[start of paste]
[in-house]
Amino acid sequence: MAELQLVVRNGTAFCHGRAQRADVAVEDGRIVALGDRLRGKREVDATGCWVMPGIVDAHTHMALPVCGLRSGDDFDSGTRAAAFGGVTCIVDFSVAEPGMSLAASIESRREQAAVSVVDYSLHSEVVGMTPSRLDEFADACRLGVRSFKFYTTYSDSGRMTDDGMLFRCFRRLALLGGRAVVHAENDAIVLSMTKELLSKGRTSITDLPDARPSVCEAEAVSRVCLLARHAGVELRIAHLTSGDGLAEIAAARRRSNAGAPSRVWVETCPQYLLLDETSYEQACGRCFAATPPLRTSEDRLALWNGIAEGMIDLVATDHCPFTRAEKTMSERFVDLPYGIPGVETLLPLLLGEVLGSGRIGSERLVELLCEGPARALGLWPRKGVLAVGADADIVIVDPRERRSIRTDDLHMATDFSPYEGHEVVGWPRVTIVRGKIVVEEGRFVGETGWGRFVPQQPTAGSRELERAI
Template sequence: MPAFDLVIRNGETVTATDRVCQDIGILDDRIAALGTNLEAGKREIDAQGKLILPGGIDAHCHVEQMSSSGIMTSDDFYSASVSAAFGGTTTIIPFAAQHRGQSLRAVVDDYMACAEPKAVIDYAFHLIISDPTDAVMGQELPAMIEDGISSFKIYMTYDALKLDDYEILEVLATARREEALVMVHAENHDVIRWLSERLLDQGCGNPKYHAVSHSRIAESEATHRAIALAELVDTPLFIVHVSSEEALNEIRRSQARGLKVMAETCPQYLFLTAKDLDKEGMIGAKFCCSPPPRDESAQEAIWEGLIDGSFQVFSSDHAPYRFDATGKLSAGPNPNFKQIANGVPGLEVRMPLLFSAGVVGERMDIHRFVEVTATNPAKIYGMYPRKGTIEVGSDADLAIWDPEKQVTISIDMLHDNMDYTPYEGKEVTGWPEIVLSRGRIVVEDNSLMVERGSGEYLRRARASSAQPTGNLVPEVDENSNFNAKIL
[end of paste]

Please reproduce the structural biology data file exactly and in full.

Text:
[in-house]
Amino acid sequence: MAELQLVVRNGTAFCHGRAQRADVAVEDGRIVALGDRLRGKREVDATGCWVMPGIVDAHTHMALPVCGLRSGDDFDSGTRAAAFGGVTCIVDFSVAEPGMSLAASIESRREQAAVSVVDYSLHSEVVGMTPSRLDEFADACRLGVRSFKFYTTYSDSGRMTDDGMLFRCFRRLALLGGRAVVHAENDAIVLSMTKELLSKGRTSITDLPDARPSVCEAEAVSRVCLLARHAGVELRIAHLTSGDGLAEIAAARRRSNAGAPSRVWVETCPQYLLLDETSYEQACGRCFAATPPLRTSEDRLALWNGIAEGMIDLVATDHCPFTRAEKTMSERFVDLPYGIPGVETLLPLLLGEVLGSGRIGSERLVELLCEGPARALGLWPRKGVLAVGADADIVIVDPRERRSIRTDDLHMATDFSPYEGHEVVGWPRVTIVRGKIVVEEGRFVGETGWGRFVPQQPTAGSRELERAI
Template sequence: MPAFDLVIRNGETVTATDRVCQDIGILDDRIAALGTNLEAGKREIDAQGKLILPGGIDAHCHVEQMSSSGIMTSDDFYSASVSAAFGGTTTIIPFAAQHRGQSLRAVVDDYMACAEPKAVIDYAFHLIISDPTDAVMGQELPAMIEDGISSFKIYMTYDALKLDDYEILEVLATARREEALVMVHAENHDVIRWLSERLLDQGCGNPKYHAVSHSRIAESEATHRAIALAELVDTPLFIVHVSSEEALNEIRRSQARGLKVMAETCPQYLFLTAKDLDKEGMIGAKFCCSPPPRDESAQEAIWEGLIDGSFQVFSSDHAPYRFDATGKLSAGPNPNFKQIANGVPGLEVRMPLLFSAGVVGERMDIHRFVEVTATNPAKIYGMYPRKGTIEVGSDADLAIWDPEKQVTISIDMLHDNMDYTPYEGKEVTGWPEIVLSRGRIVVEDNSLMVERGSGEYLRRARASSAQPTGNLVPEVDENSNFNAKIL